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Hellmut: The Badass from Hell

Platform(s): Nintendo Switch, PC, PlayStation 4, Xbox One
Genre: Action
Publisher: Grindstone
Developer: Volcanicc
Release Date: May 3, 2019

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Switch Review - 'Hellmut: The Badass from Hell'

by Cody Medellin on Sept. 6, 2019 @ 12:00 a.m. PDT

Hellmut: The Badass from Hell is a gun-toting, roguelike dungeon-crawler with retro-style pixelated graphics and a variety of neat mechanics.

The portable nature of the Nintendo Switch makes it a good fit for roguelikes. Even on a good run, you won't spend too much time on a stage or boss fight, and short bursts of gameplay fit the genre well. There are a good number of roguelikes on the system, but only a small handful of them use shooting instead of swordplay as the main mechanic. The current top dog on that short list is Enter the Gungeon. Hellmut: The Badass from Hell is a new game that's trying to gun for that throne, and while it doesn't defeat the king, it makes a good attempt.

The premise immediately tells you that the game doesn't take itself too seriously. A mad scientist has opened the gate to hell to summon a demon that can grant him eternal life. As one would expect, the demon gives him infinite lives, wrecks his lab, and reduces the scientist to a skull with a spinal cord. Sensing an opportunity for amusement, another demon comes through the portal to help the floating skull get some revenge.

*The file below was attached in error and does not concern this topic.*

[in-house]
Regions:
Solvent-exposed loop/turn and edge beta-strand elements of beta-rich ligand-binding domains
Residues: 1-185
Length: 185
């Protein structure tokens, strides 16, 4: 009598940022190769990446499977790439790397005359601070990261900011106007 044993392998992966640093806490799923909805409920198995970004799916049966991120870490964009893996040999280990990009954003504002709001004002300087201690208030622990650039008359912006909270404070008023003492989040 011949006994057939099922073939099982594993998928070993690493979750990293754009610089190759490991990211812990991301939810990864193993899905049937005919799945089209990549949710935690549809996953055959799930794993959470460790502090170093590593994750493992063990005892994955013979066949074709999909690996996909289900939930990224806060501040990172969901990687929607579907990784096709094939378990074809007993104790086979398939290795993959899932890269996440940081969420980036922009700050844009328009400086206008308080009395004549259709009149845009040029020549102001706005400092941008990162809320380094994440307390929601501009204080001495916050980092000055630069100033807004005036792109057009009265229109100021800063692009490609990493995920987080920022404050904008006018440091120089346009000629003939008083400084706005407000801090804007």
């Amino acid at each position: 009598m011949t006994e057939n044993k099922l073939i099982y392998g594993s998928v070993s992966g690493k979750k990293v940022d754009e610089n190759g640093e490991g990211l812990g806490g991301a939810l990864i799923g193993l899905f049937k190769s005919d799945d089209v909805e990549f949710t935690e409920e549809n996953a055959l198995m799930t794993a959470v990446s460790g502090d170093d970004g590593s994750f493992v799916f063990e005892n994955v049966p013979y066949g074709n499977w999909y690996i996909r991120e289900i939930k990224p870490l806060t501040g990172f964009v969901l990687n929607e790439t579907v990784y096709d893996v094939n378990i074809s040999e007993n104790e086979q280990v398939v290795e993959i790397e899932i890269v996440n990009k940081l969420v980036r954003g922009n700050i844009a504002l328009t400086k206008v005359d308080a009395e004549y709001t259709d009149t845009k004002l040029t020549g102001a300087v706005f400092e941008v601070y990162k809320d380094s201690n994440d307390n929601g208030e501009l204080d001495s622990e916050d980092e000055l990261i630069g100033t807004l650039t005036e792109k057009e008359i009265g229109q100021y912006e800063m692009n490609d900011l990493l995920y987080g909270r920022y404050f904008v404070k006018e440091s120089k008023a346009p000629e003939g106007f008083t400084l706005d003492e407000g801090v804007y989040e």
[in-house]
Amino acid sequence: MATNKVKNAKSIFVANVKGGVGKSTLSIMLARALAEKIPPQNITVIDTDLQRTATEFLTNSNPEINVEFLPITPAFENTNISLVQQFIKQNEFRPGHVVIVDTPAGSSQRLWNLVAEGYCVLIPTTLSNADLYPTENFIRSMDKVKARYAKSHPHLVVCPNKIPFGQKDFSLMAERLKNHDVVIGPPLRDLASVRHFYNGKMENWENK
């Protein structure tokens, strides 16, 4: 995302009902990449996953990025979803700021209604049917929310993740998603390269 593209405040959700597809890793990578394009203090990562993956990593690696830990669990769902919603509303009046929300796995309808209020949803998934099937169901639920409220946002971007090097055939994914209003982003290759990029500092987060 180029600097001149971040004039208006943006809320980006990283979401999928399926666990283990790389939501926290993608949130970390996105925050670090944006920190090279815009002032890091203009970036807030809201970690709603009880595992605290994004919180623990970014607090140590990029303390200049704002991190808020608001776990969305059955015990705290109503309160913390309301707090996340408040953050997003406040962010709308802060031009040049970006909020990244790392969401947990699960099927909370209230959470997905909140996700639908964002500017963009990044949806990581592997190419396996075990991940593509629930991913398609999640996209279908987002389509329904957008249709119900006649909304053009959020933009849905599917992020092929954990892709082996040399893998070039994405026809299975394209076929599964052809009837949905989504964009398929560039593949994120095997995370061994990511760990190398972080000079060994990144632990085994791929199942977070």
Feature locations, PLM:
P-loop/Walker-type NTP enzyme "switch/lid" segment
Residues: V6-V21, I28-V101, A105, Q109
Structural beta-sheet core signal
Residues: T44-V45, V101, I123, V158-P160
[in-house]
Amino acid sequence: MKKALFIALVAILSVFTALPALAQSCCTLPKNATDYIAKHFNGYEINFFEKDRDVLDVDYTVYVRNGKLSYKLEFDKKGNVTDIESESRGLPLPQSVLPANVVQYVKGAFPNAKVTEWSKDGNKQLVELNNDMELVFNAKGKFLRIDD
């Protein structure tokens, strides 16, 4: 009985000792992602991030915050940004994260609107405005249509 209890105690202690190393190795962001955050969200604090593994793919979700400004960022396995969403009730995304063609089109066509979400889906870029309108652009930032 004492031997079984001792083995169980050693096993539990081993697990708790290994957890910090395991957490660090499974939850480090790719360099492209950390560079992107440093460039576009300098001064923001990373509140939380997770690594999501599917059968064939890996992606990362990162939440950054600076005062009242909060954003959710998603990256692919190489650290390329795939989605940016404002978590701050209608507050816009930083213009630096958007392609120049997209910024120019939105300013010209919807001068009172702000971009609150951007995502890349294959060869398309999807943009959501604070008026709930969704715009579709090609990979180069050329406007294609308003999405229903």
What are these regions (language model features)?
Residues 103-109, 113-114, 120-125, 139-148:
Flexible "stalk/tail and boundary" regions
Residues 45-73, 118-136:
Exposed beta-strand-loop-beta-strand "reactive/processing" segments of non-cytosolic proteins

As alluded to earlier, Hellmut is a twin-stick roguelike shooter. You have roughly 12 procedurally generated rooms to go through, blowing up enemies until you reach the exit and either repeat the process or go up against a randomly selected boss. As you kill baddies, you can find some new guns, but most of your pick-ups consist of currency. You can spend it in stores that are available on each floor to get more guns for your arsenal or other things, like an increased wallet, health pick-ups, or a magnet to immediately attract currency to you. Interestingly, the game gives you an opportunity to earn more coins in the store if you play the Space Invaders-type arcade machine.

While there's nothing special about the guns you can pick up or buy, the game offers a very interesting hook. At the beginning of Hellmut, you can select the body you'll occupy: a giant rat cosplaying as Rambo or a Frankenstein's monster. Choosing between the two is more than just aesthetics, as they both have different default guns, secondary moves, and health meters. Getting either one killed puts you back in the hopping skull mode, which is still formidable but not the position you want to be in, since death means restarting the run. Collect enough gems, and you can summon the demon that is helping you get your revenge, and completing his timed kill challenges means getting the opportunity to don a new suit. While there aren't too many suits to claim, their new powers and randomization keep the journey fresh, since obtaining suits feels like getting a new gun or weapon.